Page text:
Mahi Tahi ki Pōneke invites Māori and indigenous students of Anthropology to join a collaborative installation responding to Whaea Lily George’s call to ‘stir up the silences’ (2017) surrounding Māori and Anthropology, and decolonisation. The installation, made by Māori and indigenous students of anthropology, will be showcased at the ASAA/NZ conference on 6-7 December 2018.
Stirring Up Silence: Mahi Tahi is an interactive presentation that will be held at the ASAA/NZ Conference on 6-7 December 2018. This is open to all who wish to engage with Māori student perspectives and experiences of anthropology. It will centre Māori student voices and hopes to generate a broad conversation within anthropology in Aotearoa.
The Mahi Tahi steering committee recently sent an open letter to the journal HAU’s board of Trustees. Here is our response to the reply we received from HAU.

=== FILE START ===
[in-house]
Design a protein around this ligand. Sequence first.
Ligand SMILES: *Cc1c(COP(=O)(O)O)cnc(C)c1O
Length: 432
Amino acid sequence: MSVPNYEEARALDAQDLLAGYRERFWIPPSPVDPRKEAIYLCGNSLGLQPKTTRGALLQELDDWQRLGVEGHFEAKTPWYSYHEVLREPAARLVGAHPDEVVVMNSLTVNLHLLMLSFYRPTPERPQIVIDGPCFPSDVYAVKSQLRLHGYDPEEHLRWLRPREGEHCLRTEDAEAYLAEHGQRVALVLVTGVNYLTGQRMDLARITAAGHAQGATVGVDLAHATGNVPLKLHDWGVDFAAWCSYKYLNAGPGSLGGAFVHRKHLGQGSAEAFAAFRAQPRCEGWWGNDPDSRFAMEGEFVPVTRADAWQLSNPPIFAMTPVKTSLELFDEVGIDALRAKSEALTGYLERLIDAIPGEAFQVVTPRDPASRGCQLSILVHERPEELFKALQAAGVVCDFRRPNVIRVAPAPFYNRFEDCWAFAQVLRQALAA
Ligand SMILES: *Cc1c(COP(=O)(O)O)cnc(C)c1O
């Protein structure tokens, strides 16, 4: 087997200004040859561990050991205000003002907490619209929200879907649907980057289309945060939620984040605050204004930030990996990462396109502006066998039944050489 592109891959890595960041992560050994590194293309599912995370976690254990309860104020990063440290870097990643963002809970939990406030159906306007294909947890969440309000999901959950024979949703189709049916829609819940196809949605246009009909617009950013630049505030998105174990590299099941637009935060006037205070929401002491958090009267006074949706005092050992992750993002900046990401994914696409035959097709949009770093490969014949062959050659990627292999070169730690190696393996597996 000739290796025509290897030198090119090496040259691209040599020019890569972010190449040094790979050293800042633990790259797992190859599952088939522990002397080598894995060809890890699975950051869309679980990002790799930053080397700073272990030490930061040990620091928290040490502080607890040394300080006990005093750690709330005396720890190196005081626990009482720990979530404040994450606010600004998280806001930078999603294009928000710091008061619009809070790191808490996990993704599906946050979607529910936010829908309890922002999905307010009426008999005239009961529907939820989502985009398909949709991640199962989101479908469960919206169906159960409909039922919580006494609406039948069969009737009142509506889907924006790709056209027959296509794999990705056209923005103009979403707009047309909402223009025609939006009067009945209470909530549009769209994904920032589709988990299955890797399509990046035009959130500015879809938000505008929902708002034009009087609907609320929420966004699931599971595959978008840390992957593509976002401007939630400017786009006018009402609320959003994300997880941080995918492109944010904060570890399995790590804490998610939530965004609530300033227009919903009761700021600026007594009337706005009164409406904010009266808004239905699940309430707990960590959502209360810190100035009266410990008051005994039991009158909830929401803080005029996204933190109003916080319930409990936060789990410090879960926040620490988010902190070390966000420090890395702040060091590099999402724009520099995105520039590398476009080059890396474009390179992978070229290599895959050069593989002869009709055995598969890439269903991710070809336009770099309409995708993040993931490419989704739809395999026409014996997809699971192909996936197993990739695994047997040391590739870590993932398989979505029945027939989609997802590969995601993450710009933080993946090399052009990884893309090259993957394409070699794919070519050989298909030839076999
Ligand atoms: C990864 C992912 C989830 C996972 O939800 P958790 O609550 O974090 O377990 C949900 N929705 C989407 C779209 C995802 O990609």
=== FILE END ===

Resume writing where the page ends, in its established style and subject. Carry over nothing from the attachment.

Recent concerns about HAU provide us all with an opportunity to reflect upon some deeper issues regarding our discipline’s engagement with indigenous perspectives and voices.
This instalment of our new series, Graduate Stories, features Honours student Jade Gifford, whose work provided the foundation for Mahi Tahi. In this series we showcase some of the outstanding graduate researchers working in various anthropology departments, or on anthropological topics, around Aotearoa New Zealand.
ASAA/NZ is delighted to announce the launch of Mahi Tahi: Māori and Anthropology in Aotearoa New Zealand, a new open-access initiative.